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Tuesday, 31 July 2007

A Glut of Homegrown Tomatoes

This year I decided to grow tomatoes in my greenhouse, fresh from the vine - yum. As they say it’s like waiting for a bus to come along, you wait and wait nothing, and then all of a sudden a row of buses turn up all at once. Well my tomatoes have been like those buses, all green and not ripening until hey presto this week I hit jackpot. Today I pulled 900g (2lb) of juicy red toms from my plants.

Putting my thinking cap, I thought I’d make gorgeous Tomato chutney today. I find it relaxing pottering about making preserves, something extra to eat for sheer treats on those blustery Autumn/Winter days. It’s like a ray of sunshine once again as you open up a delightful jar of preserve be it, Strawberry Jam to have with fresh baked scones for instance or chutney served with a good ploughman’s roll.

* Come a little closer whilst I whisper to you *, it’s so easy to make and only takes about 1 hour. So when you bring out a jar of ‘homemade chutney’ for your guests they will think you are a ‘domestic goddess’… lol. Please do have a go, you don’t need a preserving pan especially for the job (nice if you have one though), use a non-reactive heavy based large pan. I save jars all the time for different preserves now; it cuts down on costs of equipment and my little way of recycling.

I don’t see any reason why not to use different sugars, soft brown for instance, playing around with spices you would prefer perhaps? After all that is what cooking is all about making something to suit your taste buds. I would recommend leaving the chutney for at least a month to develop its flavours. Store in a dry, cool, dark place.

Here’s my recipe for Tomato Chutney if you would like to try it out.

Tomato Chutney

This recipe fills one large kilner jar and one 1lb jar. If using normal metal lids with glass jars, it’s advisable to place some cardboard inside the lid to stop the vinegar rusting the metal.

Stage 1
900g (2lb) ripe tomatoes, skinned and finely chopped
450g (1lb) onions, finely chopped
450g (1lb) cooking apples, peeled, cored and grated
450ml (3/4 pint) white wine vinegar
Stage 2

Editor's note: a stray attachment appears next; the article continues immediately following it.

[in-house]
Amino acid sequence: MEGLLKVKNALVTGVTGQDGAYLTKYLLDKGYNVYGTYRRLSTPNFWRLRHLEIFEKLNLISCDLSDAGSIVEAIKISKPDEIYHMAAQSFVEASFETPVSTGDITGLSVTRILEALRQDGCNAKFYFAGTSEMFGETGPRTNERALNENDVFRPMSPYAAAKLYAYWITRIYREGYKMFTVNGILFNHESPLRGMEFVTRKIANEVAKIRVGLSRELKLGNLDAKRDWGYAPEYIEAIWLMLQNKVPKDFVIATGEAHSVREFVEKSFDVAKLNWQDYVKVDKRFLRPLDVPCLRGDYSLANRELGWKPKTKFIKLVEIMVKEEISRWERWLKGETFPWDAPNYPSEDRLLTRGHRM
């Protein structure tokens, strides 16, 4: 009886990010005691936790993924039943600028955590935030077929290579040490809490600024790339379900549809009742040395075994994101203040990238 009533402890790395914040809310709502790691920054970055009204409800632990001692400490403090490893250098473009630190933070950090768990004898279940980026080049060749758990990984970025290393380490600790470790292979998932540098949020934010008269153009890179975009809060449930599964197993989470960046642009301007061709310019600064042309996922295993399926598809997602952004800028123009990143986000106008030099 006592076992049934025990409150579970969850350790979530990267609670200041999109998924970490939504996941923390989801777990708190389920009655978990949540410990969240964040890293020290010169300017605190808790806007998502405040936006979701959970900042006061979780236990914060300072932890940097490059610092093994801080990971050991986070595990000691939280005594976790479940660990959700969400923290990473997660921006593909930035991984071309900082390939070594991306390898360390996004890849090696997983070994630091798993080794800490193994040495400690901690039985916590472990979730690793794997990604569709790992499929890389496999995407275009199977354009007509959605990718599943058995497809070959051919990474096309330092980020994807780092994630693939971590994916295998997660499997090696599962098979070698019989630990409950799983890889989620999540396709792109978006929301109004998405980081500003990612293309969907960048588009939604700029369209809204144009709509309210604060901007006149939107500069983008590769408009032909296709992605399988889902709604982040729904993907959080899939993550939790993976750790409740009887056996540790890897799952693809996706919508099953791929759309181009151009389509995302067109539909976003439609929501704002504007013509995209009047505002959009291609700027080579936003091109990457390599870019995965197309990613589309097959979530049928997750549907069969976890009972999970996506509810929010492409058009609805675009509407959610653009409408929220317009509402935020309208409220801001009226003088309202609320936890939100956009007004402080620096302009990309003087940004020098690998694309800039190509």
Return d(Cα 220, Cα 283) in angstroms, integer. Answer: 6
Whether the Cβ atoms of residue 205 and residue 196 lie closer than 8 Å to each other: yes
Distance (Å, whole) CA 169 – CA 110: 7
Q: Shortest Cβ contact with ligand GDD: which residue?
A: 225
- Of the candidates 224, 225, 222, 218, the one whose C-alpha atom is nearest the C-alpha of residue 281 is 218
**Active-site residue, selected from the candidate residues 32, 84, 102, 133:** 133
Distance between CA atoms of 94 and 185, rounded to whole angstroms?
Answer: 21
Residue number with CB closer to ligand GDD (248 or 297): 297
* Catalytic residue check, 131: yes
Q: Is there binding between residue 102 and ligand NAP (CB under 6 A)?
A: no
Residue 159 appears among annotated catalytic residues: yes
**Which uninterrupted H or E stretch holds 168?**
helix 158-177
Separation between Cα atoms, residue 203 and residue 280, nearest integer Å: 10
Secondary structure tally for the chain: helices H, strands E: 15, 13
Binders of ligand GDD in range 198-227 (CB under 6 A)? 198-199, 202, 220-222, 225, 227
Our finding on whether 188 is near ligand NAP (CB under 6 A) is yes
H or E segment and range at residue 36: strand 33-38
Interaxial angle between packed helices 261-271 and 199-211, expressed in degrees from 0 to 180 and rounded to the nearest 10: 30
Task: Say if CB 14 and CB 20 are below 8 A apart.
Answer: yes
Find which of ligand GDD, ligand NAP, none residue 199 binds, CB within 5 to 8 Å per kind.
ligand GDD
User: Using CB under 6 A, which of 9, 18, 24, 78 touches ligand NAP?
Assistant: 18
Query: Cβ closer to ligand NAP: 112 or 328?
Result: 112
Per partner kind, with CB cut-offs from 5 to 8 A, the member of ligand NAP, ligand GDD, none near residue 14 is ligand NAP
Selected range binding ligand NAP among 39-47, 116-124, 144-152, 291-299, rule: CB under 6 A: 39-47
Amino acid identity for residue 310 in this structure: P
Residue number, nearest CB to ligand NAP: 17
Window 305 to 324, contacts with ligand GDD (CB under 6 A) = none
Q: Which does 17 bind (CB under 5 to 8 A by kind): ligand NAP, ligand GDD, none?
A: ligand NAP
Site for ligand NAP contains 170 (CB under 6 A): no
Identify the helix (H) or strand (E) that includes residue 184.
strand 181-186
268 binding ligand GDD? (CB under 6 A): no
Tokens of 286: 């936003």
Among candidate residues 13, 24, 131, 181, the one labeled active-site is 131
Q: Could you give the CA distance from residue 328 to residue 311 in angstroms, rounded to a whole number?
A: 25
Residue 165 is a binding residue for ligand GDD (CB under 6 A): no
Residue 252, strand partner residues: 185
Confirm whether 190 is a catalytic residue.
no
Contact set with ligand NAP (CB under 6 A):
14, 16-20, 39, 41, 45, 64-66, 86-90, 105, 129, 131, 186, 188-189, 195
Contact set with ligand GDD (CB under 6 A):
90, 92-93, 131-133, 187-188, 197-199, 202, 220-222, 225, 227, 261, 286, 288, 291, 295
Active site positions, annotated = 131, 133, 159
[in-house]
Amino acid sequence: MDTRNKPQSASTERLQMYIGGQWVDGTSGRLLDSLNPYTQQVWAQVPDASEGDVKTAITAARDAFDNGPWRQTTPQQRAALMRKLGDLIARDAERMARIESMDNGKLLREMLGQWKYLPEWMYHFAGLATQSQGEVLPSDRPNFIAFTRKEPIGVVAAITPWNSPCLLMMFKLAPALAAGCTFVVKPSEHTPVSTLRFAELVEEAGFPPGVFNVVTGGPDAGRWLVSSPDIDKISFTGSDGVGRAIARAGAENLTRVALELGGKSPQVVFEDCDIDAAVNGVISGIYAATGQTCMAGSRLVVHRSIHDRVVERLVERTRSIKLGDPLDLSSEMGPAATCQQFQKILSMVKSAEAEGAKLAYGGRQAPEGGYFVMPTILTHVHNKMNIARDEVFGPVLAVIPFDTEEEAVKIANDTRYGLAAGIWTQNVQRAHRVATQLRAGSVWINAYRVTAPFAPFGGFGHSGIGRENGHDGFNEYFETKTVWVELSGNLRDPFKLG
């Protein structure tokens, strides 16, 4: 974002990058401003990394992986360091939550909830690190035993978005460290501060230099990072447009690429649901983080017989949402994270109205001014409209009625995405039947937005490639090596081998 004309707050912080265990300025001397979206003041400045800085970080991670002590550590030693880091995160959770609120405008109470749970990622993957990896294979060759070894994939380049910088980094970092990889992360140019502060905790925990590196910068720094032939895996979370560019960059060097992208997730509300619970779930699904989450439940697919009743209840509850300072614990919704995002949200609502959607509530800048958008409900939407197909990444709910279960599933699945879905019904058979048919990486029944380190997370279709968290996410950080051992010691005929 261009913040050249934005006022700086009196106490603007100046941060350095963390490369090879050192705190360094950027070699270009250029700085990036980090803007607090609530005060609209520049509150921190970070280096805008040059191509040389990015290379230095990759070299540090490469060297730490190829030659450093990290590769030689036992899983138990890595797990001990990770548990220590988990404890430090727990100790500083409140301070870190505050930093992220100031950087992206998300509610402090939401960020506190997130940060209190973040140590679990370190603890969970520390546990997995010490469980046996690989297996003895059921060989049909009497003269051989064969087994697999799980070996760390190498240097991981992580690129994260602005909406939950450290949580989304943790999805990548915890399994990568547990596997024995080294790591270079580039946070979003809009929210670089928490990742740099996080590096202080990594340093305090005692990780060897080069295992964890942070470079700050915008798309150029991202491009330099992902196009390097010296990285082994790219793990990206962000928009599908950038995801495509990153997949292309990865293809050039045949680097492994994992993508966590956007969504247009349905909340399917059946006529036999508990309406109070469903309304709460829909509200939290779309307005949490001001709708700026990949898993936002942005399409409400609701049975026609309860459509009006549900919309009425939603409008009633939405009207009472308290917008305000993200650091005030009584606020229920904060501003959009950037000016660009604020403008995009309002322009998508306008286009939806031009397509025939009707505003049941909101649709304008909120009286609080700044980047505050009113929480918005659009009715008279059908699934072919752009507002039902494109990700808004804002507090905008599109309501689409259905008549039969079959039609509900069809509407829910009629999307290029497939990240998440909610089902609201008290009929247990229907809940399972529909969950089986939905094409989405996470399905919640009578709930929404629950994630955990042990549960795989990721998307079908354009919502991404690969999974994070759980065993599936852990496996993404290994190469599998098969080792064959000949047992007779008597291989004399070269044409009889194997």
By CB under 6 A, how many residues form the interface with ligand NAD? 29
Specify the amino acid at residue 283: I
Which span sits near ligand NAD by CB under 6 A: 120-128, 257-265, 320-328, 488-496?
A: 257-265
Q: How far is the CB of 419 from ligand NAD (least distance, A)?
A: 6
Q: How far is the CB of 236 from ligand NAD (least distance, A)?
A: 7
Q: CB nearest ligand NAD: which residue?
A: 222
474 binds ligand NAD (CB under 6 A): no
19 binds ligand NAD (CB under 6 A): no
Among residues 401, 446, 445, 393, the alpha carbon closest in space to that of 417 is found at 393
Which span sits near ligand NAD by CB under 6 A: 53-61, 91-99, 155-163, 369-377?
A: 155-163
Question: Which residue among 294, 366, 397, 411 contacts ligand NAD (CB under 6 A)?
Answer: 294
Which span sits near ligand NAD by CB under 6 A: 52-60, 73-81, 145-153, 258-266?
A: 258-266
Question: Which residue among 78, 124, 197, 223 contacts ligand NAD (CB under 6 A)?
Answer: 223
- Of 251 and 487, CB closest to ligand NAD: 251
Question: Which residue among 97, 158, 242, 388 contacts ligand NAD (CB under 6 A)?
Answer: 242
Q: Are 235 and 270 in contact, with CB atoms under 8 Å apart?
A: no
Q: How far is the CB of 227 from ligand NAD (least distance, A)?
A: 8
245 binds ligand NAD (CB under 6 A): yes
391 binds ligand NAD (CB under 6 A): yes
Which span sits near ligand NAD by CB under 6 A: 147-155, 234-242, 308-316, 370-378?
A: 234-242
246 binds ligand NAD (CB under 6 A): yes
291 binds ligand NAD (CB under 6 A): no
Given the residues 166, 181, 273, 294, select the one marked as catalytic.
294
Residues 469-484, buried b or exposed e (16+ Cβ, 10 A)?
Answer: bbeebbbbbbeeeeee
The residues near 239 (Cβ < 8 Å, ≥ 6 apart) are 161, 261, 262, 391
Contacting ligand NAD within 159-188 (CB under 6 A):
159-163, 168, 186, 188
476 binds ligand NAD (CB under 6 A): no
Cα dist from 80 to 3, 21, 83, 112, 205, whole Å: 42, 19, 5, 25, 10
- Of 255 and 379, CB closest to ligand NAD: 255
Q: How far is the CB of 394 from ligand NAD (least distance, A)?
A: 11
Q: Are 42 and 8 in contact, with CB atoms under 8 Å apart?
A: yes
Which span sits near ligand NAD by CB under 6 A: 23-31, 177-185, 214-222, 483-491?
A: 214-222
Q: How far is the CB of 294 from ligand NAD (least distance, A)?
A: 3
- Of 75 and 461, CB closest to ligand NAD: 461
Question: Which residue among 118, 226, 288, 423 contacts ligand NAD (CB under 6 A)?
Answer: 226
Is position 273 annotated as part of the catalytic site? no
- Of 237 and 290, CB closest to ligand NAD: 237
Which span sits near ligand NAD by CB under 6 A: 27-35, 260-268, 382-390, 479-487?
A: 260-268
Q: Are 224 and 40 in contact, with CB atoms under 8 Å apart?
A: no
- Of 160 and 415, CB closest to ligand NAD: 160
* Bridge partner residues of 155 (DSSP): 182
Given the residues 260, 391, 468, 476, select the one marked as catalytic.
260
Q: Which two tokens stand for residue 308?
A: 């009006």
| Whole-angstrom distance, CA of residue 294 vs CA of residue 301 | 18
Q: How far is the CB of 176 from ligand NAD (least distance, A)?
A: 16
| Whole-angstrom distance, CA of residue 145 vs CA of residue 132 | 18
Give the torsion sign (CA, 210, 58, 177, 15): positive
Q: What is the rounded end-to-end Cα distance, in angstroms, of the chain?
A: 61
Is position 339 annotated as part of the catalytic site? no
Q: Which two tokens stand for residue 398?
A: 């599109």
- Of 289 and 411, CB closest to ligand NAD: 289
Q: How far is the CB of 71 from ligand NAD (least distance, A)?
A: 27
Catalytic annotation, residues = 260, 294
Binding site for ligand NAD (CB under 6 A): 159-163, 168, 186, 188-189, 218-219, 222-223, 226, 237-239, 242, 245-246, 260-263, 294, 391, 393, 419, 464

350g (12 oz) sugar, (I used white)
300g (10 oz) sultanas
1 tsp mixed spice
1 tsp ground ginger
A good pinch or two of Maldon sea salt and freshly ground black pepper for seasoning


Take a tomato and at the base, make a cross just into the skin, carry this on with all the remaining tomatoes and place in a large bowl. Pour boiling water over the tomatoes and leave for about 1 minute. With a slotted spoon carefully remove the tomatoes and peel off all the skins and chop them up, then place them in a preserving pan. Add the finely chopped onions and grated apple to the tomatoes.

Stage 1 ingredients: Simmer the above ingredients over a low heat until they become tender. This can take awhile depending on how slowly you simmer the ingredients.

At this stage, wash and rinse your jars and lids and dry them. Place the glass jars in the oven at 150°C on a metal tray to sterilise. Boil in a saucepan, either your metal lids or rubber rings for kilner jars to sterilise. * Note above on metal lids*

Stage 2 ingredients: Add the sugar to the pan and stir until all the sugar is dissolved, then add the sultanas, ground ginger, mixed spice and salt and pepper. Bring to a boil stirring so the chutney doesn’t burn on the bottom of the pan. Keep boiling away until the mixture becomes a thick consistency like say jam.

Pot up into the warmed sterilised jars and seal. I would leave the chutney for at least 1 month before opening to let the flavours develop. Store in a dark cool place.

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